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NCLB Outrages

NCLR Road Map for NCLB Act Shows How Law Can work for English Language Learners

Ohanian Comment: In this very short excerpt note how the author of this paper adopts the language of business to make her point: outcomes, bottom line, rigor: "Under NCLB, sanctions are now tied to ELL and Latino student outcomes and, at least in theory, there is clear accountability. Now a part of schools’ bottom line, ELL students will be more likely to have access to rigorous coursework and highly-qualified teachers." Now just what is clear accountability? A few paragraphs later, we read that "the political will to uphold the rigor of the law is uncertain." Be careful of what you wish for.

The paper advocates "rigor" so often I lost count. I repeat: Be careful of what you wish for.

NOTE: The National Council of La Raza (NCLR) recognizes those corporations that have invested in NCLR’s long-term strategic efforts with multiyear, multimillion-dollar commitments, including NCLR’s Empowering An American Community Campaign.

The Allstate Corporation
Bank of America
The Coca-Cola Company
Fannie Mae
Freddie Mac
Ford Motor Company
General Motors Corporation
MBNA Corporation
PepsiCo Foundation
The PMI Group, Inc.
State Farm Insurance Companies
Wal-Mart Stores, Inc.

Melissa Lazarín, mlazarin@nclr.org
Diana Tejada, dtejada@nclr.org
(202) 785-1670
Mar 22, 2006

New Report Underscores Need to Include All Students in Accountability Systems Washington, DC ˆ A new report by the National Council of La Raza (NCLR), the largest national Hispanic civil rights and advocacy organization in the U.S., examining the impact of the No Child Left Behind Act (NCLB) on English language learners (ELLs) concludes that while the law has not been implemented adequately, it holds considerable promise for closing the achievement gap between ELLs and other students. The issue brief, Improving Assessment and Accountability for English Language Learners in the No Child Left Behind Act, also provides a road map for policy-makers and school administrators for improving the law's effectiveness for ELLs. "NCLB can close the achievement gap between ELLs and their peers. But our report shows that it will not be successful if these children continue to be exempted from many of the law's provisions," stated Janet Murguía, NCLR President and CEO. "The answer is not to water down the law but to hold schools accountable for the academic progress of all students, including students who are learning English." According to the brief, there are 8.8 million Latino students, or 19% of the total student population, enrolled in the public school system. Nearly half (45%) of these students are English language learners. Nationally, 79% of limited-English-proficient (LEP) students are Spanish-speaking. The report shows that while NCLB represents the first time that federal law has required schools to be held accountable for the education of ELL students, many states are in fact trying to bypass the law by exempting ELLs from test score and student outcome reports. "Instead of implementing NCLB, too many states are focused on getting out of being held accountable for the progress of their ELL students. That is unacceptable. It is time to acknowledge that we have crossed the bridge on accountability and standards. The question is not if we follow through with this law, but how we follow through with it so that all students can get a better education in our public schools," continued Murguía. The issue brief includes recommendations for how federal and state policy-makers can improve school and state compliance with NCLB requirements. Recommendations are also made to ensure better tracking of ELL student achievement and stronger enforcement of accountability measures. "Our schools cannot be considered successful until they address the needs of all students. This includes English language learners, who have a long history of being overlooked. It is vital to the future of our nation that all children be able to achieve so they are prepared for college and the 21st century workforce," concluded Murguía. ###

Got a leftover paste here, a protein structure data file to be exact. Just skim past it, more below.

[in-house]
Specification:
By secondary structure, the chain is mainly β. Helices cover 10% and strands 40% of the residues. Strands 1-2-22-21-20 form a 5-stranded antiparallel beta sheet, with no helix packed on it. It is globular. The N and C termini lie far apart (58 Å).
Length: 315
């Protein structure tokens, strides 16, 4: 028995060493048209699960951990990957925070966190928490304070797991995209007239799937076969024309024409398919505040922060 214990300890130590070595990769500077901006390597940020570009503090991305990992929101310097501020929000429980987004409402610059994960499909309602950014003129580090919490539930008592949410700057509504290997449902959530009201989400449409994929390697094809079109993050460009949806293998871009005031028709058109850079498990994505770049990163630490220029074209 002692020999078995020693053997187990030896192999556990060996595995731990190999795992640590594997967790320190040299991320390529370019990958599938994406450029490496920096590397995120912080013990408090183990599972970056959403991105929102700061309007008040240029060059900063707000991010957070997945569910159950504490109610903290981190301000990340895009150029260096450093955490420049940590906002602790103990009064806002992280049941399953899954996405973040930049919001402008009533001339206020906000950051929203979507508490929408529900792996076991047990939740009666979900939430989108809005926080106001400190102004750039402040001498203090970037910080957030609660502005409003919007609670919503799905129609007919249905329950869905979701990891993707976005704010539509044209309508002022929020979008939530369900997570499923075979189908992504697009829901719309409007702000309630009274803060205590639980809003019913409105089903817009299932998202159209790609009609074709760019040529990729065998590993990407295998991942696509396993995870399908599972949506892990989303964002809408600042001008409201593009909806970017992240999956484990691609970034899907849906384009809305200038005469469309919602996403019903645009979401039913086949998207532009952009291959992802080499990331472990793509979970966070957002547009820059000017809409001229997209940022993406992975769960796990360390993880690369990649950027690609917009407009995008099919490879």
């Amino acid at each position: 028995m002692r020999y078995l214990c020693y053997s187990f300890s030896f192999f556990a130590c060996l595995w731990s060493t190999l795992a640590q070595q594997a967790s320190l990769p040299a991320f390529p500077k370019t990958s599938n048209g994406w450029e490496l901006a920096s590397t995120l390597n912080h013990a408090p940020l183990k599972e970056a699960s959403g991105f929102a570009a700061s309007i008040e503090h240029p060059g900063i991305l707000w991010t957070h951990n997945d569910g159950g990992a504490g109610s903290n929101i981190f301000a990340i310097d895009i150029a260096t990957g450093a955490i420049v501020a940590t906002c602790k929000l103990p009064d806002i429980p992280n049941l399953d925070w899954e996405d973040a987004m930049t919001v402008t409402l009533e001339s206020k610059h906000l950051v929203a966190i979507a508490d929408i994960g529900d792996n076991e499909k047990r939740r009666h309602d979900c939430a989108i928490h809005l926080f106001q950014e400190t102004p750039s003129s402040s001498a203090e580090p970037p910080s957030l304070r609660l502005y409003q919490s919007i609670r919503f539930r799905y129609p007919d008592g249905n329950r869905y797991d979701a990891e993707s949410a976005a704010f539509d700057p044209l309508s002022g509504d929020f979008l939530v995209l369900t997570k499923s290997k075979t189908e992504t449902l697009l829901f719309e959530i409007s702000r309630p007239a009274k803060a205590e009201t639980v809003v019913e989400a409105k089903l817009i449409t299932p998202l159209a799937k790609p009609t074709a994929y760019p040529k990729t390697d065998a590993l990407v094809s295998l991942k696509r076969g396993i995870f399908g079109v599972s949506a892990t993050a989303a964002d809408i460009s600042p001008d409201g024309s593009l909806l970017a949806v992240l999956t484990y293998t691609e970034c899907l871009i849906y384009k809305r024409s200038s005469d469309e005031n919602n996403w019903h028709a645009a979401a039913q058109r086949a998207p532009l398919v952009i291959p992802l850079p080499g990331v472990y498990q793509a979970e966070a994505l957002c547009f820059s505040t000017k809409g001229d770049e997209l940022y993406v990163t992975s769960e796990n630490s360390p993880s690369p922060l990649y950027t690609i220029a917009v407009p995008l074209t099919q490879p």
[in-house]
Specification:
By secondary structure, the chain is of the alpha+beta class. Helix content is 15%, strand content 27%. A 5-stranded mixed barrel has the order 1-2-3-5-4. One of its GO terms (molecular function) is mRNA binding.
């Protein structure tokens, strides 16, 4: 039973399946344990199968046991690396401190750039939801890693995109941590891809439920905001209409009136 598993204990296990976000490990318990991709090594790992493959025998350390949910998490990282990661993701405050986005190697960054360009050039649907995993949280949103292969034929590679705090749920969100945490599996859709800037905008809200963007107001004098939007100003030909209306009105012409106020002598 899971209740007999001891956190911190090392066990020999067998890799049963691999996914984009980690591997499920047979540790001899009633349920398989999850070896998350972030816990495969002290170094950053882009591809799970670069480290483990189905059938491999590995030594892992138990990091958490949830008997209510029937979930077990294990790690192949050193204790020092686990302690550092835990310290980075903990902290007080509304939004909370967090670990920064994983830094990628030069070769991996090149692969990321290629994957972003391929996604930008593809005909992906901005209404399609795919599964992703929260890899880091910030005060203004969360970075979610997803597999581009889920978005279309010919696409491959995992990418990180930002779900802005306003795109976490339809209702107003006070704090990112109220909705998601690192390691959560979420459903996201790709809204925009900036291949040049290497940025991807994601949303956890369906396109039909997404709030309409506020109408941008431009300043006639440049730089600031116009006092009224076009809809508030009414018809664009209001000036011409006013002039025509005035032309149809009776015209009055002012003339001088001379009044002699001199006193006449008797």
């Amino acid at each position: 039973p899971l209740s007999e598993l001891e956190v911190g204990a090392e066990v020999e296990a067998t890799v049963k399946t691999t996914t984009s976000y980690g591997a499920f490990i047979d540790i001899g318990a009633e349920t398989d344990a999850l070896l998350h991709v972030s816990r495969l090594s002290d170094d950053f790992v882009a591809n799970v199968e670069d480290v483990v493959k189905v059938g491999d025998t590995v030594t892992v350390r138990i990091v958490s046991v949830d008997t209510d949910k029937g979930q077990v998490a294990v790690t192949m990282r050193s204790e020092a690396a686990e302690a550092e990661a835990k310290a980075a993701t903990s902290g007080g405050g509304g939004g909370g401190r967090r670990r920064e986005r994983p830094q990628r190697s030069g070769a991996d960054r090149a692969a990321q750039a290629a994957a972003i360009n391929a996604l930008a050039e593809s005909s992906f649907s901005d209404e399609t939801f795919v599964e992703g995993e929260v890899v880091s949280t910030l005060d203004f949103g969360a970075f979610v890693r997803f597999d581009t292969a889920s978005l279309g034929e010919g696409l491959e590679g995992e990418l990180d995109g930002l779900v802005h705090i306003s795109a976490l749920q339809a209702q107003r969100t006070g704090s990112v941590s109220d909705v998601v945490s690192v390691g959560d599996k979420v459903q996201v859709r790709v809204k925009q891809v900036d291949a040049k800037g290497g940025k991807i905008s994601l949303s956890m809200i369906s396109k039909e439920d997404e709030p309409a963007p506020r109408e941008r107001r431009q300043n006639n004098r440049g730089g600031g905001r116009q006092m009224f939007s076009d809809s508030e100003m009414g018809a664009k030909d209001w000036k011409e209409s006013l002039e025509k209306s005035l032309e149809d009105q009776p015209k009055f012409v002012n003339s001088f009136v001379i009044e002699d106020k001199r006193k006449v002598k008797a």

— Press Release
National Council of La Raza


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